What is a Reserve Ratio?

K.M. Doyle

A reserve ratio is the amount of money that a bank must keep on hand, as a percentage of its customers’ deposits. Each country’s central bank determines what the ratio will be for the banks in that country. The money can be kept at the bank itself or in the nearest central bank location. Sometimes this number is called a cash reserve ratio (CRR). The reserve ratio is one of the three major tools of monetary policy, along with the discount rate and open market operations.

The Federal Reserve Bank sets the reserve ratio in the United States.
The Federal Reserve Bank sets the reserve ratio in the United States.

The reserve requirements are calculated by multiplying the bank’s book balance, or total deposits on the bank's books, by the reserve ratio. If a bank has $100 million (USD) in deposits on its books, and the reserve ratio is 10 percent, the reserve requirement is $10 million (USD). This means that the bank can lend out $90 million (USD) to its customers.

The reserve ratio, set by the Federal Reserve, is the amount of money that a bank musts keep on hand, as a percentage of customer deposits.
The reserve ratio, set by the Federal Reserve, is the amount of money that a bank musts keep on hand, as a percentage of customer deposits.

As the central bank of the United States, the Federal Reserve Bank sets the ratio in the United States and can change it as economic conditions warrant. Since the reserve ratio affects the money supply, the Federal Reserve Bank can adjust the rate to effect changes in economic policy. A change in the ratio can have a significant impact on interest rates and inflation, so changes are made only rarely, and in small increments.

The effect of changing the reserve ratio is called the multiplier effect. A decrease in the ratio means that banks have more money to lend. The loaned money is then deposited in another institution, which can then loan a higher percentage of that money, and so on, multiplying the amount of interest that banks can earn on the original deposit. Conversely, an increase in the ratio results in less money to lend and has the effect of tightening the money supply.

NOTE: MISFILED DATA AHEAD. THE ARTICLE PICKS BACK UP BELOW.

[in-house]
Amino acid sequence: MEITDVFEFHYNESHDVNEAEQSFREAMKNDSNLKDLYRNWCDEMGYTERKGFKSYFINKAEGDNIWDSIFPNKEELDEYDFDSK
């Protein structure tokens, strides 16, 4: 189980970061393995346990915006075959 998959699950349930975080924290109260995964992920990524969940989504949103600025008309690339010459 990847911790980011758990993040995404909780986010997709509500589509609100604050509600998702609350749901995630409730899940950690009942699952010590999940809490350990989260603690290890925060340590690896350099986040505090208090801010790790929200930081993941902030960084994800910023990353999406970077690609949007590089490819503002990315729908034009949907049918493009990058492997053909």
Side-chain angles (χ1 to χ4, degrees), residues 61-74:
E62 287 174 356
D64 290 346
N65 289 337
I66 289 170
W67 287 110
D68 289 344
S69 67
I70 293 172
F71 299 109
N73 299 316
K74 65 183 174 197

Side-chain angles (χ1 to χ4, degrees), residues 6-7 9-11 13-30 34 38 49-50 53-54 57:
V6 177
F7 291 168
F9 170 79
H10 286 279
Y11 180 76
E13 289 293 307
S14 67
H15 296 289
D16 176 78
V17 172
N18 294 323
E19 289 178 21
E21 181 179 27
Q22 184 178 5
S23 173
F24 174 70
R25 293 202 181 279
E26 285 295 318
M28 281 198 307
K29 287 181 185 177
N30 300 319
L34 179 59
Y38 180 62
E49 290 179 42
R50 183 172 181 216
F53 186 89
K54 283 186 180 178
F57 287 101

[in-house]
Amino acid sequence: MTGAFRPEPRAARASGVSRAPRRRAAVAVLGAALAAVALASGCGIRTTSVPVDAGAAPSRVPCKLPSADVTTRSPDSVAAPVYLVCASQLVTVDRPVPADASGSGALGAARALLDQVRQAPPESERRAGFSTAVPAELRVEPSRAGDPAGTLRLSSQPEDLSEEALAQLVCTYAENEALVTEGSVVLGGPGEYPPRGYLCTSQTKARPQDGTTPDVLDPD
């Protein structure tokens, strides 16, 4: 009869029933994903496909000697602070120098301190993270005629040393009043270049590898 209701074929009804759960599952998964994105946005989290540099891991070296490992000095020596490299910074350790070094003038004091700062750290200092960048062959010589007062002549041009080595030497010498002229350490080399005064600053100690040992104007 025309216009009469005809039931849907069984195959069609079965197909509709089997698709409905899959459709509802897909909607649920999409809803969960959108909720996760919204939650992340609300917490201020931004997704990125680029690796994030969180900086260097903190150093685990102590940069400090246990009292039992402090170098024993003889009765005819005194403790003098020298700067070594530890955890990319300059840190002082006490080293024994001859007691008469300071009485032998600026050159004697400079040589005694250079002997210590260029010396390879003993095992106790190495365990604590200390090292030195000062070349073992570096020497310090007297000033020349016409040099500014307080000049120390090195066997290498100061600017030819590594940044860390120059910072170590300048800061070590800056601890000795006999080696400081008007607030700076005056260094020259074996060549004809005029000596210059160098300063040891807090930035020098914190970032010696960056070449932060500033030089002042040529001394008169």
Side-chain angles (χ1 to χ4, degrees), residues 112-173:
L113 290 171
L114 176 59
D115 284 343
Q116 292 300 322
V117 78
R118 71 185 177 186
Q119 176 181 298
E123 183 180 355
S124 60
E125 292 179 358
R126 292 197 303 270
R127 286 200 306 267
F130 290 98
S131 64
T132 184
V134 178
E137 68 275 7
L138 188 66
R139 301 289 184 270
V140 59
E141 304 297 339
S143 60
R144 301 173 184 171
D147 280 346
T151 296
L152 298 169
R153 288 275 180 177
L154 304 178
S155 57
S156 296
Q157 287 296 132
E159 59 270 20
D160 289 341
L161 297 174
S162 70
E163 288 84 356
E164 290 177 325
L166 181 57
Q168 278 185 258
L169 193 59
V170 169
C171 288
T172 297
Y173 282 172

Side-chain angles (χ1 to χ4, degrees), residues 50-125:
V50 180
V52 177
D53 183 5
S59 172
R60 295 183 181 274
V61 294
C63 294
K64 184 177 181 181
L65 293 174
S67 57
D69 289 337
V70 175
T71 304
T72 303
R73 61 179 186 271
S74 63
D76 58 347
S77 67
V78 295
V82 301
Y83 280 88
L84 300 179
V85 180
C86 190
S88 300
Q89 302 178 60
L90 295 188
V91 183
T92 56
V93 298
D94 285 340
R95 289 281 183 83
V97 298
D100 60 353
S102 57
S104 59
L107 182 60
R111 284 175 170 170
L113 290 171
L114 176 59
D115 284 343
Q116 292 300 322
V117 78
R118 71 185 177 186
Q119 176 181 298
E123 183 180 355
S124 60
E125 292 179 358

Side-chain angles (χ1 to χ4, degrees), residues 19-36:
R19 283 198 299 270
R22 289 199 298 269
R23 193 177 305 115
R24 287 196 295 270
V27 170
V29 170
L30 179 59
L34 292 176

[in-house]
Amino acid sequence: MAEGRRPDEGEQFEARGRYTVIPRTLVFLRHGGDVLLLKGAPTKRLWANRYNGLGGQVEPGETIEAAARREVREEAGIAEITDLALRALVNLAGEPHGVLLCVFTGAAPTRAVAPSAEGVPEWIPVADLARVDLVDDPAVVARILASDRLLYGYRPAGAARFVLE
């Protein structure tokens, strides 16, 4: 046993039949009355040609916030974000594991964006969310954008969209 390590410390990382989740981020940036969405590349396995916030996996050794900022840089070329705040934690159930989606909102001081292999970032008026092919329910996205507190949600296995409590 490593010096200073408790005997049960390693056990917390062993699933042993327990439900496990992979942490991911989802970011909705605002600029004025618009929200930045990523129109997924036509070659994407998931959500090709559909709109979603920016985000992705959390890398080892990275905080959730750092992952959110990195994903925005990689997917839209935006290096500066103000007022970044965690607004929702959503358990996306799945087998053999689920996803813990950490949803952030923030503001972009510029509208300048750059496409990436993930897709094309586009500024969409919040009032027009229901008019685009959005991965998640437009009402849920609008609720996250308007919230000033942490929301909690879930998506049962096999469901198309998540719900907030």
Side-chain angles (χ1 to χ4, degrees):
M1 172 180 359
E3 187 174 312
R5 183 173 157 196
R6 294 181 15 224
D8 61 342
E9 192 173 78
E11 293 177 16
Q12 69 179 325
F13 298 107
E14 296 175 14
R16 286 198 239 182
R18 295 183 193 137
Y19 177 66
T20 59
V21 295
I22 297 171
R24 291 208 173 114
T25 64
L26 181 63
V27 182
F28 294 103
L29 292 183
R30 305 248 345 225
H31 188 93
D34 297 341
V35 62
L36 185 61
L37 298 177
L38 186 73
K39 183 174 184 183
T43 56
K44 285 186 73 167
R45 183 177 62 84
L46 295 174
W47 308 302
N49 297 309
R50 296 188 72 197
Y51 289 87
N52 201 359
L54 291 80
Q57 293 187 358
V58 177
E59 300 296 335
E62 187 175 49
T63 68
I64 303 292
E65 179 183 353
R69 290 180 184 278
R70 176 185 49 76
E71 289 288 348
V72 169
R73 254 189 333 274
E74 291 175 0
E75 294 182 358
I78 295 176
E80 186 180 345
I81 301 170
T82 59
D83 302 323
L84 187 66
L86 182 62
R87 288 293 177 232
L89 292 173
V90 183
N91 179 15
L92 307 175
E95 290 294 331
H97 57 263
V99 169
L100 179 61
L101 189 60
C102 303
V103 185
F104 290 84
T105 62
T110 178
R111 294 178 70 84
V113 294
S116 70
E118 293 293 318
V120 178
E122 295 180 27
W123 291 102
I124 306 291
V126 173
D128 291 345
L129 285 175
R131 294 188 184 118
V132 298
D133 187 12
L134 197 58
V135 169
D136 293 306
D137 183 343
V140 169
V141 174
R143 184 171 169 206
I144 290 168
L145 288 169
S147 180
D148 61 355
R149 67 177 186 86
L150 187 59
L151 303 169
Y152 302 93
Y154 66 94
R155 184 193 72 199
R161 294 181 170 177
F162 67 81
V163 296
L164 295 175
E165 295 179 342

The importance of having a reserve ratio was illustrated in the United States during the Great Depression. Because of the free-fall in the stock market, many people decided that their money was not safe in the bank, so they tried, en masse, to withdraw their deposits. The banks did not have enough cash in reserve to pay all of the depositors, resulting in a ‘run on the bank.’ The government had to step in and declare a bank holiday to give the banks enough time to generate the required cash, and many banks that were unable to do so failed.

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Discussion Comments


@SkyWhisperer - Well, we’ve had many economic crises since the Great Depression and we’ve never seen massive runs on banks.

Frankly, banks are more likely to fail because of bad business practices than they are because of a run by the masses. Your money is insured, however, to $100,000 I believe.

If you are lucky enough to have more than that, you can spread your risk by depositing it in several banks.


I believe it was Thomas Jefferson who said that banks are more dangerous to our freedoms than standing armies. While I can’t say that I totally agree with that sentiment, I can’t say that I totally disagree either.

The reserve ratio is a case in point. By needing only one-tenth of your deposits on hand, as the article points out, the banks are in one sense gambling with our assets.

Of course you could put your money in a CD, which should get you some security, but still, a massive run on the bank would freeze you out of your money.

Don’t think that “runs” can’t happen today like they did in Great Depression day, either. All it takes is mass fear and hysteria about the economy, a huge collapse on Wall Street, and everyone will be in a frenzy to take out their money.


My father-in-law doesn't trust banks, so he keeps all his cash in a fireproof lock box. I have tried to explain the reserve ratio requirements to him, but it doesn't help.

I have even told him that his money will be insured by the FDIC up to a certain amount, but he still won't put his trust in any bank. He has quite a bit of savings, and he thinks that the lock box is the safest place to keep his wealth.

He used to keep the money box in his bedroom, and though it would be safe in the event of a fire, I pointed out to him that a tornado could easily whisk it away. Instead of moving it into a bank account, he moved the box to the basement.

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